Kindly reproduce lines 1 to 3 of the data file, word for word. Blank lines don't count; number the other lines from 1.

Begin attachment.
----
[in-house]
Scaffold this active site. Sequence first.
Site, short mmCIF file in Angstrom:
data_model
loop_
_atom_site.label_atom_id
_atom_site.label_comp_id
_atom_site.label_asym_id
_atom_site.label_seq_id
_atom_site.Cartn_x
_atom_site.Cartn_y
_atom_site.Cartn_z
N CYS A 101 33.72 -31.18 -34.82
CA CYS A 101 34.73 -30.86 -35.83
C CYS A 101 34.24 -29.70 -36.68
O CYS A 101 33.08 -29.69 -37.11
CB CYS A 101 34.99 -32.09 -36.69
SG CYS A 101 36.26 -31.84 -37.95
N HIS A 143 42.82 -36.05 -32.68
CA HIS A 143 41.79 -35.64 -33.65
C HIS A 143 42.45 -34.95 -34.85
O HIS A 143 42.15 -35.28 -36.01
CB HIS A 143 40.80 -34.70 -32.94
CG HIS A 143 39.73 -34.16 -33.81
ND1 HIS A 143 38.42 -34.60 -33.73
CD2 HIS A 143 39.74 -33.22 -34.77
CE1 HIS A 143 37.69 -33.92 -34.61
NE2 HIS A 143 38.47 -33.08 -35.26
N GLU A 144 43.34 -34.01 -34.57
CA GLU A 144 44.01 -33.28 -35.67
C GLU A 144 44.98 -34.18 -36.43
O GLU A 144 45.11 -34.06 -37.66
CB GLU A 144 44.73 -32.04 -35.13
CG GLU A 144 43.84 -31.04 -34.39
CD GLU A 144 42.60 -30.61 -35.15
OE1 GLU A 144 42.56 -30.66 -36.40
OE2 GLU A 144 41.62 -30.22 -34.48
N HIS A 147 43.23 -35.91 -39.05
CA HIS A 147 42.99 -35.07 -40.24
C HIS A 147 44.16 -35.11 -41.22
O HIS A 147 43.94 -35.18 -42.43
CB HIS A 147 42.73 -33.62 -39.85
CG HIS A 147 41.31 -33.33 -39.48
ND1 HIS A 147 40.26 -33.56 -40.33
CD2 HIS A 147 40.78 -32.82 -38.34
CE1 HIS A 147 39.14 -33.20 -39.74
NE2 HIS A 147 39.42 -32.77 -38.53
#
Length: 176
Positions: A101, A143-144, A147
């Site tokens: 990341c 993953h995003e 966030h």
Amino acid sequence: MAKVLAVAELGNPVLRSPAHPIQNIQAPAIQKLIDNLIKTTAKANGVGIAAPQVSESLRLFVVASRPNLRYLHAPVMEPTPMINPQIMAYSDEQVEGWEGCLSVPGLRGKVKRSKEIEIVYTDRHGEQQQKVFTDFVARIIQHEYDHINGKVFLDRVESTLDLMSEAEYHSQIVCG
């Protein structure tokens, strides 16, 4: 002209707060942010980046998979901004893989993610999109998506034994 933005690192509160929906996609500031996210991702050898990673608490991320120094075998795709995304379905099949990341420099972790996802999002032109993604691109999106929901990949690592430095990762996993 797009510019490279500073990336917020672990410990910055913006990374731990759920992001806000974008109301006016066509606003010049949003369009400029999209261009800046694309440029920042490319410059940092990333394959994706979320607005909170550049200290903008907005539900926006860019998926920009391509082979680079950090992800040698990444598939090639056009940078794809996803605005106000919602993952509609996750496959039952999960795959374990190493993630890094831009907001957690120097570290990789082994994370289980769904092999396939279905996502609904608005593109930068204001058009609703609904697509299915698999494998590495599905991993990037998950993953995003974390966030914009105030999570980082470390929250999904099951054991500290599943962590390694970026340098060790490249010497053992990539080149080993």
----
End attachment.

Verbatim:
[in-house]
Scaffold this active site. Sequence first.
Site, short mmCIF file in Angstrom: